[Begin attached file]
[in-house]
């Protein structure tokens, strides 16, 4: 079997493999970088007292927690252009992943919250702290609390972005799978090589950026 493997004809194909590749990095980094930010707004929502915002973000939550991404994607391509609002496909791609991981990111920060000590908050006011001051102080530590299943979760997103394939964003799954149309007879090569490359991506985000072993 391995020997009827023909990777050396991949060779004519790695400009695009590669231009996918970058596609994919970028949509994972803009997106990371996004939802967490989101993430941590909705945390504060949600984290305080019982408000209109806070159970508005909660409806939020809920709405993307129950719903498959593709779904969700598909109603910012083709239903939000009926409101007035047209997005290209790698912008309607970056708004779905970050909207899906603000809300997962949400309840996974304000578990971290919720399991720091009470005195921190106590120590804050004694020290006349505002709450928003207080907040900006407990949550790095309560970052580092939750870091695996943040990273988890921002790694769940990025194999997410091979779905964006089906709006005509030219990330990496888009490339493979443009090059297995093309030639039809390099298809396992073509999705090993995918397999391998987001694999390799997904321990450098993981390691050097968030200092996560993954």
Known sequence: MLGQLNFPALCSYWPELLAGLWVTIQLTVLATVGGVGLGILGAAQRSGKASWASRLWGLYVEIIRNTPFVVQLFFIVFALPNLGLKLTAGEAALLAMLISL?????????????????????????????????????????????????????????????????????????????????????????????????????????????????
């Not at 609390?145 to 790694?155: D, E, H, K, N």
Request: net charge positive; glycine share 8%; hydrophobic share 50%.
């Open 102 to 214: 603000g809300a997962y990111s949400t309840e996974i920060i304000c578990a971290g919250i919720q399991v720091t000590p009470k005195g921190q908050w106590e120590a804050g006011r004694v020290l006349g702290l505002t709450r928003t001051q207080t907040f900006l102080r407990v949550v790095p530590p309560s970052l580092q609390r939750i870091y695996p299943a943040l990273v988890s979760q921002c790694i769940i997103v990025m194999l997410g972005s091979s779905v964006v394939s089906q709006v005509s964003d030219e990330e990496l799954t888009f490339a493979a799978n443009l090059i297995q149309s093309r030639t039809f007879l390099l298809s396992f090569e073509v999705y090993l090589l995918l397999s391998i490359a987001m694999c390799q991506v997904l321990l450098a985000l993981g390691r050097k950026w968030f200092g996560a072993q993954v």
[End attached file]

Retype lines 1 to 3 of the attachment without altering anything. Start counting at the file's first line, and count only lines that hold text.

[in-house]
């Protein structure tokens, strides 16, 4: 079997493999970088007292927690252009992943919250702290609390972005799978090589950026 493997004809194909590749990095980094930010707004929502915002973000939550991404994607391509609002496909791609991981990111920060000590908050006011001051102080530590299943979760997103394939964003799954149309007879090569490359991506985000072993 391995020997009827023909990777050396991949060779004519790695400009695009590669231009996918970058596609994919970028949509994972803009997106990371996004939802967490989101993430941590909705945390504060949600984290305080019982408000209109806070159970508005909660409806939020809920709405993307129950719903498959593709779904969700598909109603910012083709239903939000009926409101007035047209997005290209790698912008309607970056708004779905970050909207899906603000809300997962949400309840996974304000578990971290919720399991720091009470005195921190106590120590804050004694020290006349505002709450928003207080907040900006407990949550790095309560970052580092939750870091695996943040990273988890921002790694769940990025194999997410091979779905964006089906709006005509030219990330990496888009490339493979443009090059297995093309030639039809390099298809396992073509999705090993995918397999391998987001694999390799997904321990450098993981390691050097968030200092996560993954």
Known sequence: MLGQLNFPALCSYWPELLAGLWVTIQLTVLATVGGVGLGILGAAQRSGKASWASRLWGLYVEIIRNTPFVVQLFFIVFALPNLGLKLTAGEAALLAMLISL?????????????????????????????????????????????????????????????????????????????????????????????????????????????????